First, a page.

However, locals say that most of the time they go to the Davis Community Dog Park, it is empty. A lot of people do not even know this fantastic park exists. Get the word out so your pup has some other fur buddies to play with. Or, if you have a dog that is not totally socialized, you can enjoy some open space without worry on weekdays between 10 AM and 2 PM. Two things to note: there is no small dog section, and it turns into a mud puddle when it rains. 

Edna’s Playground Dog Park

Only three miles southwest of Davis Community Dog Park, Edna’s Playground is located at the University of California in Davis in front of the Center for Companion Animal Health. The cozy little pup playground may be small, but it is full of fun! In fact, this little place has more agility equipment in it than any of the large parks in the area on this list! There are weave poles to shimmy through, several hurdles to jump over, and some hoops to jump through. 

There is also an A-frame to climb up, down, and underneath, a tunnel that pups love to zip through, and a seesaw to learn better balance. The park also has a brick path that memorializes lost pets, veterinarians, and family members, as well as a couple of benches for pet parents and doggie bag dispensers for easier cleanup. But you should bring your own anyway, just in case, and always bring extra water. 

Glenbrook Large Dog Park

First of all, it is not called a Large Dog Park because it only allows big dogs. It is in reference to the size of the park itself. There are actually two sections, with one just for small and timid dogs 25 pounds and under. Glenbrook Large Dog Park can be found about 24 miles southeast of Woodland in Glenbrook Park, just off the El Dorado Freeway. It is right next to the baseball diamonds at the southern end of the park.

You and your pooch will not be disappointed at this pup play area because not only is there plenty of room, but there is also agility equipment. The A-frame ramp is perfect for large pooches to run up and down, and the tunnel in the small dog section is a wonderful addition. The park also has water fountains for dogs and their humans, as well as shaded seating. They do not have doggie bags anymore, so bring your own. 

Grasslands Regional Dog Park

About 18 miles south of downtown Woodland, the Grasslands Regional Dog Park is a fenced area with 10 acres of grassy space lined with oak trees for your fur puppy to enjoy. It is located in Grasslands Regional Park and includes the trail that starts here. The 1.25-mile trail is totally leash-free, and there are fences, but with 10 acres of natural space, you will want your dog to be voice-controlled. There are two entrances, including the western entrance at the parking lot and the eastern entrance at the trailhead.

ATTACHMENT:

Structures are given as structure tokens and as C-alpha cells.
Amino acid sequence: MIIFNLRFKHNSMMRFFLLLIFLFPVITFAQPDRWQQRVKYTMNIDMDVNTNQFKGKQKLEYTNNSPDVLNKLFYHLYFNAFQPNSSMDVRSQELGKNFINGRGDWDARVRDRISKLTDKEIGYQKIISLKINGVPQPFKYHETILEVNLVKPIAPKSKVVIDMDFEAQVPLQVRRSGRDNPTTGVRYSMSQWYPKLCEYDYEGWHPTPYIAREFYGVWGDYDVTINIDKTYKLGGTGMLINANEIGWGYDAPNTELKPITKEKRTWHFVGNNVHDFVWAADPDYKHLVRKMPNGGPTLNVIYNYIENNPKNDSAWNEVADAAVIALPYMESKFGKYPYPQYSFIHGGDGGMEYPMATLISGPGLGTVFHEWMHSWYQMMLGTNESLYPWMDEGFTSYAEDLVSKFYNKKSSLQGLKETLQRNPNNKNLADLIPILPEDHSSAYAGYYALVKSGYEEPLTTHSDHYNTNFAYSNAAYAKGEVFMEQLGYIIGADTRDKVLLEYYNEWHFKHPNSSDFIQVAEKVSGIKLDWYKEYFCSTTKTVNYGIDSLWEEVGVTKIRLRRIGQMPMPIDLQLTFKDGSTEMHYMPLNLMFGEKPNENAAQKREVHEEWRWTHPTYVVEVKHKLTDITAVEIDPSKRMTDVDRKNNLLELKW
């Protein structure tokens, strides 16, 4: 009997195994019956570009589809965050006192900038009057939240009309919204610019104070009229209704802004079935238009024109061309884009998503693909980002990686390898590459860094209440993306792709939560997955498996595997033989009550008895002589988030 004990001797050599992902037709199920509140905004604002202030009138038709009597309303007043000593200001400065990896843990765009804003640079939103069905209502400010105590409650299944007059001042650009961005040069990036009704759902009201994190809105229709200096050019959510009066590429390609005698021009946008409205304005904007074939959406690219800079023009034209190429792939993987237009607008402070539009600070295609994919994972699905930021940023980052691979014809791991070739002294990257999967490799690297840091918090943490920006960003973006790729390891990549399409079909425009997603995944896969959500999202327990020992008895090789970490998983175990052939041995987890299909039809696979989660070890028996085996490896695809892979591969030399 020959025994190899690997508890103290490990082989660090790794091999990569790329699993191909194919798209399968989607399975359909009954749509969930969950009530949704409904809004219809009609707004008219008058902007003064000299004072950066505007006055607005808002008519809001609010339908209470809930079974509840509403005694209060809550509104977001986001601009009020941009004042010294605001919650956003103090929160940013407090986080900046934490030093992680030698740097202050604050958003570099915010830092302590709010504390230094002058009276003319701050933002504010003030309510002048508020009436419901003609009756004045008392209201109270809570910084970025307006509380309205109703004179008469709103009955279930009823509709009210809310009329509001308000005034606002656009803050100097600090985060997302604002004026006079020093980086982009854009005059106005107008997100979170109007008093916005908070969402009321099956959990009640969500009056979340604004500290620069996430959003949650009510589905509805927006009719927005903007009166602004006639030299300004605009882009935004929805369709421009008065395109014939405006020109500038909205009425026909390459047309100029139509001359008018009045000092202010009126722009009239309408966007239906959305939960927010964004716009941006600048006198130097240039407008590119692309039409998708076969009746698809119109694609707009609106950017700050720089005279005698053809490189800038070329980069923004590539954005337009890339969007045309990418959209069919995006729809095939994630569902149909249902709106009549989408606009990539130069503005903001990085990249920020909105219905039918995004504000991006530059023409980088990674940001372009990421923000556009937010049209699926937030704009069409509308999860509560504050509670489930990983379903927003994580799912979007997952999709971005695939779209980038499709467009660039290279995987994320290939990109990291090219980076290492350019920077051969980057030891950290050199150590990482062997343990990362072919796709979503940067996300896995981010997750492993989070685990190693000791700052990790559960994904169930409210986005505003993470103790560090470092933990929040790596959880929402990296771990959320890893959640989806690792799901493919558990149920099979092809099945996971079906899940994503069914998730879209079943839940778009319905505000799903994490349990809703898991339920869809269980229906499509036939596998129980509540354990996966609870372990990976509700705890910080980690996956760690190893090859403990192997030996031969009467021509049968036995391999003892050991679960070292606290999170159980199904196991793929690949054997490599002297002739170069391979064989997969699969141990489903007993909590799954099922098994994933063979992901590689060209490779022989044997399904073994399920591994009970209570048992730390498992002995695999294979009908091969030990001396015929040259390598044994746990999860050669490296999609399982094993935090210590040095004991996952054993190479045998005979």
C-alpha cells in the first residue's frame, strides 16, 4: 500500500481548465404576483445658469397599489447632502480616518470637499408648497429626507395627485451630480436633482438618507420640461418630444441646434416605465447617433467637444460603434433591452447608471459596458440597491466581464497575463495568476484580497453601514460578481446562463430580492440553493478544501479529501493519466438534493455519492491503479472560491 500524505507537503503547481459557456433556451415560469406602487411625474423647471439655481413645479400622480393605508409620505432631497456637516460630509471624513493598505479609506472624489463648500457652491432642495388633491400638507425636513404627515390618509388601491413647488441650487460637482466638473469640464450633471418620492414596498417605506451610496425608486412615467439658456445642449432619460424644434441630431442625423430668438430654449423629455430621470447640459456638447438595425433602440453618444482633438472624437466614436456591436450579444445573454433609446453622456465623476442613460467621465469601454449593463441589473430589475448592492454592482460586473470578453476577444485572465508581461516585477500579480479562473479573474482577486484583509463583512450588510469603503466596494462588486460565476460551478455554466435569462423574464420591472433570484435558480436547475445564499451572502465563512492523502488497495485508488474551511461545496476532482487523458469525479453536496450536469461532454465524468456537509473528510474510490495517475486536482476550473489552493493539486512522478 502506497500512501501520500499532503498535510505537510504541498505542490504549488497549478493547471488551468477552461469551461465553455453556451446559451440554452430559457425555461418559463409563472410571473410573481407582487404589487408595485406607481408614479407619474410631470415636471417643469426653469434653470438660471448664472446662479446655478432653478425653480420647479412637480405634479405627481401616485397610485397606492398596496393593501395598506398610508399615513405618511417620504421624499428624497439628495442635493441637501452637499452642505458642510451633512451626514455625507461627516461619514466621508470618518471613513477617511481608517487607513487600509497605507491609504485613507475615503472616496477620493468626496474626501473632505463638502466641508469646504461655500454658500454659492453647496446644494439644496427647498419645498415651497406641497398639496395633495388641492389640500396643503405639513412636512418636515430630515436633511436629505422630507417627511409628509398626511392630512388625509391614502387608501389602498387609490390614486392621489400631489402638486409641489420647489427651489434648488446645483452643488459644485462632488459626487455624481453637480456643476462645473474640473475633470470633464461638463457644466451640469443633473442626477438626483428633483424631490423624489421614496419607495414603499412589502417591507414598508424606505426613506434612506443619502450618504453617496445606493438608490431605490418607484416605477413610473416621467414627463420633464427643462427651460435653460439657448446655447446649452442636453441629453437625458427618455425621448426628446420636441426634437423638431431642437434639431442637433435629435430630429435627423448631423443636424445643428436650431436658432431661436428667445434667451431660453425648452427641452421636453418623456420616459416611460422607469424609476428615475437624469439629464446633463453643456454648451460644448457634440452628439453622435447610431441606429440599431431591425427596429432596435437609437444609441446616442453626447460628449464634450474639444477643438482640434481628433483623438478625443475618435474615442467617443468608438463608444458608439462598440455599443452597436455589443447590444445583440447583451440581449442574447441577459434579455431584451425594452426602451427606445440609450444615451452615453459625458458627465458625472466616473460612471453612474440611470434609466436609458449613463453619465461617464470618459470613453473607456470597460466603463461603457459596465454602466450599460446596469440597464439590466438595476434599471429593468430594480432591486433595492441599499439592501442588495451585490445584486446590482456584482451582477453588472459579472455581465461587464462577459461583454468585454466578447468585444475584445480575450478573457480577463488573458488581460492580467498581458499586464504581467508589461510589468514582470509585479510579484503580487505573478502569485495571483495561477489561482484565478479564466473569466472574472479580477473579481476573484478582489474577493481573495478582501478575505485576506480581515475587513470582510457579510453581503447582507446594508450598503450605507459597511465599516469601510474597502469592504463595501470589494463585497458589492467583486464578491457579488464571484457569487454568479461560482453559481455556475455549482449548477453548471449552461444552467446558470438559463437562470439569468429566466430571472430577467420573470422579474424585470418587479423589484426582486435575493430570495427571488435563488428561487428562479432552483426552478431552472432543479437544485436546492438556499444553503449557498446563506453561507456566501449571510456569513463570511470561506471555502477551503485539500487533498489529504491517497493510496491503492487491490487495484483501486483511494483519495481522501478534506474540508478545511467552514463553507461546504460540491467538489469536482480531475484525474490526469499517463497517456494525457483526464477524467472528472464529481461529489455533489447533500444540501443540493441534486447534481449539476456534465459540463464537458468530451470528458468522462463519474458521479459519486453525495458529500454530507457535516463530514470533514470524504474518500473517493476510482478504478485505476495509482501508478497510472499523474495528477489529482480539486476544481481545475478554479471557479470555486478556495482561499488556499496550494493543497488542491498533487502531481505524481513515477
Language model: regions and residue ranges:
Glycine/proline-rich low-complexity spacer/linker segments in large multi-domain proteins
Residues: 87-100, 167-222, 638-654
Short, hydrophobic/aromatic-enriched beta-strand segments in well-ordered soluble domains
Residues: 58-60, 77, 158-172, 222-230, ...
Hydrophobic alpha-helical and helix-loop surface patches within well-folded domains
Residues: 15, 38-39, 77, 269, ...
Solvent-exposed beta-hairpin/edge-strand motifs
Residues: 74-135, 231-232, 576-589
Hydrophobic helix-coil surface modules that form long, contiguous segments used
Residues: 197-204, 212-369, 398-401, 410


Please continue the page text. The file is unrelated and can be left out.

Each entrance has waste stations with poop bags, so please use them if you did not bring your own. It may be a natural area, but that does not mean you can leave your pup’s poo laying around. You should also bring along plenty of water for both of you. There are info signs along the trail about the local flora and fauna and a portable restroom. Be aware that there are also a lot of foxtails here, so check your pooch, as they will not come out on their own.

North Natomas Regional Dog Park 

North Natomas Regional Dog Park in Sacramento is three miles east of Blackbird Dog Park and is considered to be the best dog park in the city. There are two full acres for big dogs and a half acre for little ones 25 pounds and under. There are shade sails, benches, water fountains, and waste stations with doggie bags, but that is all standard dog park stuff. What makes this pup paradise so special are the other two sections of the park. 

First, in the middle of the space between the two dog parks, there is a water play zone with a fire hydrant sprayer and puppy pools. This is perfect for hot days. Then, in the corner of the park between those three areas, there is a stellar agility park for all fur pups. There is a ramp for running up and down, hoops to jump through, and an A-frame for balance. There are also some jumps, pause tables and weave poles. All dogs love this place!  

Partner Dog Park

Take your canine companion to have some off-leash fun at Partner Dog Park in Sacramento, just four miles southwest of Truitt Bark Park between the Belle Cooledge Community Center and the City Utilities Building. And this is not just your typical flat dog park either! With two acres of space, it has steep hills and valleys so your fur baby can get a real workout. And so can you. There are movable chairs and tables so you can sit up on top or in the valleys to watch your pup play.

Although it does not have fancy agility equipment, it has natural obstacles like trees, large rocks, and the aforementioned hills. A couple of the trees are even climbable for agile dogs! They also have doggie bag dispensers and water fountains here. There is no separate space for little or timid dogs though, so if you have a small or shy pup, you may want to skip this one. 

Sam Combs Dog Park